The research followed two sets of visitors to a museum, one with cameras and the other without.
The results were fascinating.
“If participants took a photo of each object as a whole, they remembered fewer objects and remembered fewer details about the objects and the objects’ locations in the museum,” said Dr. Linda Henkel.
Henkel told Fox News she got the idea for the study on one of her own vacations.
“Years ago when I was at the Grand Canyon, I remember someone coming up to the canyon’s edge, taking a shot with their camera and then walking away, like ‘got it, done!’ barely even glancing at the magnificent scene sprawling in front of them.”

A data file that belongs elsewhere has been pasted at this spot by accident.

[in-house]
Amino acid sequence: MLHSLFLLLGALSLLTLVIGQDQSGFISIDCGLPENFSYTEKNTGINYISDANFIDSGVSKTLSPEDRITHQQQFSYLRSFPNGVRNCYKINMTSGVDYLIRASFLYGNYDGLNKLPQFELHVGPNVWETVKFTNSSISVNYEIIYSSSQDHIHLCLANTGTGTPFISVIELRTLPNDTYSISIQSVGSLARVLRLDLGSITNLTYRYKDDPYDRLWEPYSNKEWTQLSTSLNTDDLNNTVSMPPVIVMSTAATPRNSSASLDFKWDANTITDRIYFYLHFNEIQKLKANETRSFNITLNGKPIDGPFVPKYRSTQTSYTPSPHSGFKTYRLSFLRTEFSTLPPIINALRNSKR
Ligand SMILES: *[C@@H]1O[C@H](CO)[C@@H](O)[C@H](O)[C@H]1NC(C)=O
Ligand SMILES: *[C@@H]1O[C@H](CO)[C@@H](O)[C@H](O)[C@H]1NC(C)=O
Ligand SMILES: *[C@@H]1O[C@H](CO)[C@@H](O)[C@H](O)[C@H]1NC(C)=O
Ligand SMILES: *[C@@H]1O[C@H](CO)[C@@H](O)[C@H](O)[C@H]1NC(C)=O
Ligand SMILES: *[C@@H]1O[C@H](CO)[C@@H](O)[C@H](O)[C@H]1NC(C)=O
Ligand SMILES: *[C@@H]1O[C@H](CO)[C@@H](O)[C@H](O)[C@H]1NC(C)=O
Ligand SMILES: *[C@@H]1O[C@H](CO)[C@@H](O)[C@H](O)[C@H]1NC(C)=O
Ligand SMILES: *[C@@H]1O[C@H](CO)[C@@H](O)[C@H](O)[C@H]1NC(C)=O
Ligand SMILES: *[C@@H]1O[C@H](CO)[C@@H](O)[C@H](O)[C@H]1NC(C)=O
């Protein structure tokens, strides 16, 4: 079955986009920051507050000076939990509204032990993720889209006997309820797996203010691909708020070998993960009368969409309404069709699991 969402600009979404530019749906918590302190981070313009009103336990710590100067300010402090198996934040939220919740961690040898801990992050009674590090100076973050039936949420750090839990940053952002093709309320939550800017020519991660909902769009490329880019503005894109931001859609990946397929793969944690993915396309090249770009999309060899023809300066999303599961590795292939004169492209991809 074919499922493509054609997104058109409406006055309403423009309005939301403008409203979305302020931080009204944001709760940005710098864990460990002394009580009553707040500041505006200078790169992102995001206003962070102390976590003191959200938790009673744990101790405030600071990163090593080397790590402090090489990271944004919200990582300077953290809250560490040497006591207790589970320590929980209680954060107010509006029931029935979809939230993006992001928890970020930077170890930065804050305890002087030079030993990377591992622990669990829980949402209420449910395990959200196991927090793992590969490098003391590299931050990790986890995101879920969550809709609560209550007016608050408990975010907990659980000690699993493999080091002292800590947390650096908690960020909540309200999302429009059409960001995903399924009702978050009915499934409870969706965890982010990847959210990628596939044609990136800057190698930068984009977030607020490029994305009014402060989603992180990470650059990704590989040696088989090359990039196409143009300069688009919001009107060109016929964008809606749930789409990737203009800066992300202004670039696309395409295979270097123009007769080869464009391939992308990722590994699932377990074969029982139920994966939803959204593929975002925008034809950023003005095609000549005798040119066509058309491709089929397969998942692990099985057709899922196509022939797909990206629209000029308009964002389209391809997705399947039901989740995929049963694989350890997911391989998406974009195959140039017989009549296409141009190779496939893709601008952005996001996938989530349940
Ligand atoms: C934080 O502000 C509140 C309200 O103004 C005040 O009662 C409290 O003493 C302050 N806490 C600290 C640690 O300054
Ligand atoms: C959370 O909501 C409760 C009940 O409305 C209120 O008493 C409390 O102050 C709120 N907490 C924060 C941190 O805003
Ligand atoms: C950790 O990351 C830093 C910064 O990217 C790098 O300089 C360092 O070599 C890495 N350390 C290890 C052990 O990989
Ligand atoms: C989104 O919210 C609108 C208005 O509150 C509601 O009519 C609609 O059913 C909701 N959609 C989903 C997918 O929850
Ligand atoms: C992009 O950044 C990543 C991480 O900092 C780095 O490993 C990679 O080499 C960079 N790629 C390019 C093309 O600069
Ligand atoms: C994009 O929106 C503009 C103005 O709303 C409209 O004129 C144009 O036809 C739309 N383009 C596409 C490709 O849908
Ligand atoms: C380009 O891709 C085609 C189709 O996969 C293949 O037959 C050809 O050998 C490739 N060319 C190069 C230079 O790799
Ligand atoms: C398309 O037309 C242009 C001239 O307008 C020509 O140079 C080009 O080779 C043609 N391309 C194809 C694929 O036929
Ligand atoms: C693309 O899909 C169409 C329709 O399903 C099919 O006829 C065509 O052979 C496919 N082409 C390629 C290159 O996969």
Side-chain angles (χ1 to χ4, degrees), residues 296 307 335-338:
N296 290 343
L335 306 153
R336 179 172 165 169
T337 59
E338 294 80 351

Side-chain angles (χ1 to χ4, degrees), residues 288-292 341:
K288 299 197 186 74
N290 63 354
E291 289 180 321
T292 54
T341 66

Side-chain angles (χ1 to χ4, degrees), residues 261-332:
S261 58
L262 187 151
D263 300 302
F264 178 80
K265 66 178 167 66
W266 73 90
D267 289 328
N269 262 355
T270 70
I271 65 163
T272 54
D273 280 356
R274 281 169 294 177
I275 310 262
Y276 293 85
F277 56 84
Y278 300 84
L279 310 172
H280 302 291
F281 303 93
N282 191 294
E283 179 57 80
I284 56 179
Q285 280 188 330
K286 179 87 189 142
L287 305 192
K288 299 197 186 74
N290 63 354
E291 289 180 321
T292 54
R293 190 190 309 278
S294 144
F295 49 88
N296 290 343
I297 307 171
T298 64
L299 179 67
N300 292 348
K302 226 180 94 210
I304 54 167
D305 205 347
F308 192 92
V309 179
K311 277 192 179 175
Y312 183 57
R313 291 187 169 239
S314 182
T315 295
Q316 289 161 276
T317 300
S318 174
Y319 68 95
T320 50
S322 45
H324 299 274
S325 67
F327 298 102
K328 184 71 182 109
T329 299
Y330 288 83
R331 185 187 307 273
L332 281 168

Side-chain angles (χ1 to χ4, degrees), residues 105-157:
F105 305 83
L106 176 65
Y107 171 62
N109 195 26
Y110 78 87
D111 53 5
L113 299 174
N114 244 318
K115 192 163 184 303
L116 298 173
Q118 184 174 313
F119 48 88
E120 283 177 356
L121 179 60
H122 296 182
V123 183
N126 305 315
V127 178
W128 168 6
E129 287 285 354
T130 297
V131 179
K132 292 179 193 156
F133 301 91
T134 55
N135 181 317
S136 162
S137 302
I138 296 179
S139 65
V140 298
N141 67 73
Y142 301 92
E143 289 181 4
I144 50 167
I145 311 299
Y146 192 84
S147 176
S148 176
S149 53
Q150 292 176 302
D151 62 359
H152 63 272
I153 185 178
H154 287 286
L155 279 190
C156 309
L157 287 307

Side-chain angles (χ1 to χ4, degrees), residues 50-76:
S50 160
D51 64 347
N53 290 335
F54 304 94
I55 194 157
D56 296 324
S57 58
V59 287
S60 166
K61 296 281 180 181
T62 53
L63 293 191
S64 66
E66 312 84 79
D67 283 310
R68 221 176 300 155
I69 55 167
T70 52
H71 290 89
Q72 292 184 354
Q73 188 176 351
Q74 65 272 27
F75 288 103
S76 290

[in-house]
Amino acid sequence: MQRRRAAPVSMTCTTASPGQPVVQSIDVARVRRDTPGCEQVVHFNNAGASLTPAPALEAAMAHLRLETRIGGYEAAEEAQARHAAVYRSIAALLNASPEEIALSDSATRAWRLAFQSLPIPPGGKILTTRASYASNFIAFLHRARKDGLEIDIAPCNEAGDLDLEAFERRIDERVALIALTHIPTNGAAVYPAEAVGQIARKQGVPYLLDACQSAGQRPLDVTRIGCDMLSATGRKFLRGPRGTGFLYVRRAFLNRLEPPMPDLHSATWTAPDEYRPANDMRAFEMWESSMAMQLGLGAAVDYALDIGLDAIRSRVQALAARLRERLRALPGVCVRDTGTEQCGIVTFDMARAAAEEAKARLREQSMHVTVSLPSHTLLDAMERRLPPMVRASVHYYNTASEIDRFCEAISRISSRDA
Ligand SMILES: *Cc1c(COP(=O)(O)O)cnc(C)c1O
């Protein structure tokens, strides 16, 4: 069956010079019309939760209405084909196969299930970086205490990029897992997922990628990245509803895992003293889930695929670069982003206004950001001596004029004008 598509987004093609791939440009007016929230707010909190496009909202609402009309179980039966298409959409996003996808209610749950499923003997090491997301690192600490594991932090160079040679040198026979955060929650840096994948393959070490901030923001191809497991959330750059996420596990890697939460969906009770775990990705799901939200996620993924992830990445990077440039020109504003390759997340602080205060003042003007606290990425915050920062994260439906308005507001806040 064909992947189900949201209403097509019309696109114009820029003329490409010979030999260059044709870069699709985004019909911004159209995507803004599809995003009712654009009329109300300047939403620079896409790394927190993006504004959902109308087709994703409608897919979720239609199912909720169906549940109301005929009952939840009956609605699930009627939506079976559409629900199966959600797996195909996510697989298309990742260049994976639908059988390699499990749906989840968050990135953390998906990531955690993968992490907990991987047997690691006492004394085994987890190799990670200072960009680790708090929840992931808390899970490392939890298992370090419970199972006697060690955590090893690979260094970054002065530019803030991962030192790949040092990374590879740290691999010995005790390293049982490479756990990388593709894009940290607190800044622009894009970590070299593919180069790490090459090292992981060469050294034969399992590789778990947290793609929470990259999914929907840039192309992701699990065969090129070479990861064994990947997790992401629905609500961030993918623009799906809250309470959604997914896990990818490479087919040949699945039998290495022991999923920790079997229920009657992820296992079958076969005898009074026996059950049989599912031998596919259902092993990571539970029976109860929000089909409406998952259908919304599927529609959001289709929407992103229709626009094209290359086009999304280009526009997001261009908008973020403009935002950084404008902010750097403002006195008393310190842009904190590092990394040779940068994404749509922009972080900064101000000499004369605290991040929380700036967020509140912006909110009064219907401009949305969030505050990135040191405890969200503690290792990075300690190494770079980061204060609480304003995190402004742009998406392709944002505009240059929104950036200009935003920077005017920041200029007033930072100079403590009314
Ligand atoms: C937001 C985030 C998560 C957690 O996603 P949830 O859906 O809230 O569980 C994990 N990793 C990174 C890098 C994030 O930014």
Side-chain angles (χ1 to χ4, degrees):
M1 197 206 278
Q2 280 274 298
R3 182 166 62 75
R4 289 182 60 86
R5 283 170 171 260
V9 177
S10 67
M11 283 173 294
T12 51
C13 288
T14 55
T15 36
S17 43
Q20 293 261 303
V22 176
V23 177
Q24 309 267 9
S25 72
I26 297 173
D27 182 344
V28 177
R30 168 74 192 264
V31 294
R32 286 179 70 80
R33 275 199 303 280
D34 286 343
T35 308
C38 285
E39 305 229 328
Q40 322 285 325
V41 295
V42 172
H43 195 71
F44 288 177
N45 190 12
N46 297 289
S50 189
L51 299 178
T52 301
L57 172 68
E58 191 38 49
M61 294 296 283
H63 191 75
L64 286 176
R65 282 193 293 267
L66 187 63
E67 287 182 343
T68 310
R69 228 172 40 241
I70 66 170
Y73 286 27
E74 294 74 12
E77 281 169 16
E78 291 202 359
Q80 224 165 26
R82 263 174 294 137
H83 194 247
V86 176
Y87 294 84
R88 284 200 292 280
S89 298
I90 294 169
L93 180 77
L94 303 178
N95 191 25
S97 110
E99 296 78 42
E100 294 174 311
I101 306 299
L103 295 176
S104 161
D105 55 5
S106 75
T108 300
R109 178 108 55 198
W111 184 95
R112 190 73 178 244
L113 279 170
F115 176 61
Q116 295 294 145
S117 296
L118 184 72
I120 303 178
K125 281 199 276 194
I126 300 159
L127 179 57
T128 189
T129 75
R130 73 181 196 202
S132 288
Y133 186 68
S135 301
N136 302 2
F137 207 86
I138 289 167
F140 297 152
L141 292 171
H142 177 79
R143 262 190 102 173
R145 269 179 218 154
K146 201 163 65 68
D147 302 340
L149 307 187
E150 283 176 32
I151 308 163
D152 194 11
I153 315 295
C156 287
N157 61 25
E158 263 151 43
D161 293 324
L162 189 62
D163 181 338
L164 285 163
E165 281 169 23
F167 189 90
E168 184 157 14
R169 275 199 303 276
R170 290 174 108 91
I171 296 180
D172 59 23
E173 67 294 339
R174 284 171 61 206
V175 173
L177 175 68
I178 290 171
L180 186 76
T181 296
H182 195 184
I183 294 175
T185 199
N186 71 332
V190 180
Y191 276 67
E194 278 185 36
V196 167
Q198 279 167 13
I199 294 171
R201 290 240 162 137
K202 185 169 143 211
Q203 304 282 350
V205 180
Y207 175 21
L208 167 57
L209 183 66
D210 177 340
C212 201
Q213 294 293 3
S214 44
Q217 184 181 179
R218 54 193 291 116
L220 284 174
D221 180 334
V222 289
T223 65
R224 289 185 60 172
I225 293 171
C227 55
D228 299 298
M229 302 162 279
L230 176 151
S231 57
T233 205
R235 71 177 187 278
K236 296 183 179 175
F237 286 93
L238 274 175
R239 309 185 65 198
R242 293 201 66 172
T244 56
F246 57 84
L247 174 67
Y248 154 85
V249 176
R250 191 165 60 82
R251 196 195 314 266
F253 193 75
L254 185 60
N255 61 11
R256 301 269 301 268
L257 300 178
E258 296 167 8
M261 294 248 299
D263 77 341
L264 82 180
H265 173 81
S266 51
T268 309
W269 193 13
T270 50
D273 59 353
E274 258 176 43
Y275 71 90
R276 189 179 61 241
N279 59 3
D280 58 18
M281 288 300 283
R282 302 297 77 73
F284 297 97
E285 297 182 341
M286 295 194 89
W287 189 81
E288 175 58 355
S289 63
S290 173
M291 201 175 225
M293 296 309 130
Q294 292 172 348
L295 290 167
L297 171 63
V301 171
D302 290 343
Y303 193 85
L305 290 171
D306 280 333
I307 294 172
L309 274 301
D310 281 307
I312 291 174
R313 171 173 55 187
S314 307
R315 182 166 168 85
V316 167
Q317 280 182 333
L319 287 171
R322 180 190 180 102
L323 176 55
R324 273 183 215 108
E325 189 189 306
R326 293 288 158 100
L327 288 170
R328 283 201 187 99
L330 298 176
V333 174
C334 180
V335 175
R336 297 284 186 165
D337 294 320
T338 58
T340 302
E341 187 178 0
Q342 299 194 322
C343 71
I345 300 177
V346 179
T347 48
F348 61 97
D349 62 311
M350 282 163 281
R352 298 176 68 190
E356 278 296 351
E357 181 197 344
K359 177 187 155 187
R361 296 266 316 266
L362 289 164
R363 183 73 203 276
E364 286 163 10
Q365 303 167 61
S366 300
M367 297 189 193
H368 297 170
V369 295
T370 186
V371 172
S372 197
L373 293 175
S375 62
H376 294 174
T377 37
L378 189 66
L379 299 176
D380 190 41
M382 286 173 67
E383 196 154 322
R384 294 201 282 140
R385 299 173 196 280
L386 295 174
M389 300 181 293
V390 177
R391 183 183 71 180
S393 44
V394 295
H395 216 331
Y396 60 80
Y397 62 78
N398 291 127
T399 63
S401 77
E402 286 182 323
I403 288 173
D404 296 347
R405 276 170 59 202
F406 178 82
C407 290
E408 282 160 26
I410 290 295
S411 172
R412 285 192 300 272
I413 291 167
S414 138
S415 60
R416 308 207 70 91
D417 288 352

Henkel’s team calls it the “photo-taking impairment effect.”
“People just pull out their cameras,” Henkel told CNN. “They just don’t pay attention to what they’re even looking at, like just capturing the photo is more important than actually being there.”
The study did reveal that looking more closely, even through a lens, can help.
Fox News reports “zooming in on the details of an object seemed to help the students remember the whole thing later.”
Henkel thinks the findings should be part of a bigger warning.
“It could also be that anytime we mentally count on technology to think or remember for us, that could hurt.”